FOR THE FIRST TIME IN NINE YEARS THE B.C. Book Prices were the hottest ticket in town and the only ticket in town as a sold-out audience of 450 people gathered April 24 at the Coast Lakeside Resort in Penticton. Emcee Howard White thanked B.C.'s librarians for helping to present the province's most prestigious literary awards inland, then gave a special welcome to a cowboy-hatted contingent from the Chilcotin-based Nemiah Indian Band. It was a harbinger of things to come.

Culture Minister Darlene Marzari presented the Haig-Brown Prize for best book about B.C. to Nature Power. In the Spirit of an Okanagan Storyteller (D&M) by Harry Robinson, a Similkameen Indian who died in 1990. Accepting the prize was the volume's compiler and editor and a neighbourof Marzari's Wendy Wickwire, who acknowledged Harry Robinson's presence in spirit. "This is really Harry Robinson's award," she said. "One of the things he emphasized over and over is that there is a power in the Native world that's very different from my White world." Wickwire read from Nature Power and told the audience her prize money will be allocated to a secondary school scholarship in Keremeos, where Robinson lived. Royalties from the previous Robinson/Wickwire collaboration, Write It On Your Heart [co-published by Talonbooks and Theytus Books] were used to create the Native scholarship.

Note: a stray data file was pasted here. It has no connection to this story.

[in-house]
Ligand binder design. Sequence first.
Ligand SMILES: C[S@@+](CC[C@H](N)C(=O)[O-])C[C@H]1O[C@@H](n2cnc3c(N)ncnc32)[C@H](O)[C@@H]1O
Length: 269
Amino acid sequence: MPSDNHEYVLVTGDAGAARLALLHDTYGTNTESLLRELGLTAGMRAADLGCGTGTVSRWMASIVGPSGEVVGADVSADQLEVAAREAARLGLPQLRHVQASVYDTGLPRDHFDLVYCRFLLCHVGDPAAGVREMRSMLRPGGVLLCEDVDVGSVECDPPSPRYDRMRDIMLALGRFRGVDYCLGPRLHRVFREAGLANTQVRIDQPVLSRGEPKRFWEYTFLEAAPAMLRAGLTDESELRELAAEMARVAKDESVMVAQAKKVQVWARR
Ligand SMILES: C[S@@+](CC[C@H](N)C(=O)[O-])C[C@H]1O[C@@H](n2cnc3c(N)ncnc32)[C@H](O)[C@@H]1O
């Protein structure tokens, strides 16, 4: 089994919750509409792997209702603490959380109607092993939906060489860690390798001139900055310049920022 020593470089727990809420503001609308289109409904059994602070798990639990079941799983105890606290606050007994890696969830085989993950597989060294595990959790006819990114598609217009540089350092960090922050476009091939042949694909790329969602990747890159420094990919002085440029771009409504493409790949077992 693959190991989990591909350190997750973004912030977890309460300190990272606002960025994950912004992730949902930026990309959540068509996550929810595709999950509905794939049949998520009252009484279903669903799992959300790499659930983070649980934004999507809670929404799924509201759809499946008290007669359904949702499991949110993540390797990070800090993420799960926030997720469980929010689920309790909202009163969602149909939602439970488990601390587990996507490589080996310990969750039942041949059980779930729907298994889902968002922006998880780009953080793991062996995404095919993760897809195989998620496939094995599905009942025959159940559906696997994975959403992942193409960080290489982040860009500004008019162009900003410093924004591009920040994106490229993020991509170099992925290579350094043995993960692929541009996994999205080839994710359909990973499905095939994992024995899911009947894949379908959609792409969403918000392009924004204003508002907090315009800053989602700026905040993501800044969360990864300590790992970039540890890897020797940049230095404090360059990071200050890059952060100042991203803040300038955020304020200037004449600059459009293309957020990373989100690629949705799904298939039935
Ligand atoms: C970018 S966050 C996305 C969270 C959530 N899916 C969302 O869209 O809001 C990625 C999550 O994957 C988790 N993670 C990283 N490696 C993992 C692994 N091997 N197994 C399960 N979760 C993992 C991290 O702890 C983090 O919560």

Other nominated titles for the HaigBrown Prize this year were Vickie Jensen's Where the People Gather (D&M) and Bruce Macdonald's Vancouver. A Visual History. Judges were authors Jean Barman, Alan Haig-Brown and Lorna Williams.

Uncapitalized (and under-capitalized) bill bissett, with more than 50 books to his name, was the sentimental choice to receive the Dorothy Livesay Poetry Prize, co-supported by Best Gagne and Friesen Printers. Consequently some heartfelt cheers accompanied BCLA president Sylvia Crooks' announcement that bissett, a previous nominee in this category, had won for inkorrect thots (Talonbooks). Karl Siegler offered congratulations by hugging his author. bissett gave the most concise and least-scripted speech of the evening, gratefully acknowledging friends, family, judges, the Book Prize Society and Talonbooks. "Thank you very much," he concluded, "This is really cool."

Other nominees were Kirsten Emmott for How Do You Feel? (Sono Nis) and Diana Hartog for Polite to Bees: A Bestiary (Coach House). Judges were authors Joanne Amott and Allan Safarik; and bookseller Margaret Gabriel.

Lynne Bowen received the Hubert Evans Non-Fiction Prize for Muddling Through (D&M), a history of 2,000 British immigrants who 'settled' the Prairies at the turn-of-the-century under the inept leadership of Isaac Barr. Herself a descendant of Barr colonists, Bowen expressed pleasure at receiving an award named after Hubert Evans, the writer Margaret Laurence called 'The Elder of our Tribe'. "Tonight I want to thank a man who has made it possible for me to have options for the past 31 years," she said, "who insisted I learn how to use a word processor, and who listens and inspires. My husband, Dick Bowen." Bowen's first book, Boss Whistle, about Vancouver Island coal miners, received an Eaton's B.C. Book Award (the forerunner of the B.C. Book Prizes) in 1983.

Other nominees for the Evans Prize were Irene Howard's study of social activist Helena Gutteridge, The Struggle for Social Justice in B.C. (UBC Press), and Rolf Knight and Horner Stevens' UFAWU memoir, Horner Stevens: A Life in Fishing (Harbour). The presenter was Gwen Zilm of Okanagan College. Judges were author Barry Broadfoot, librarian Enid Dearing and archivist George Brandak.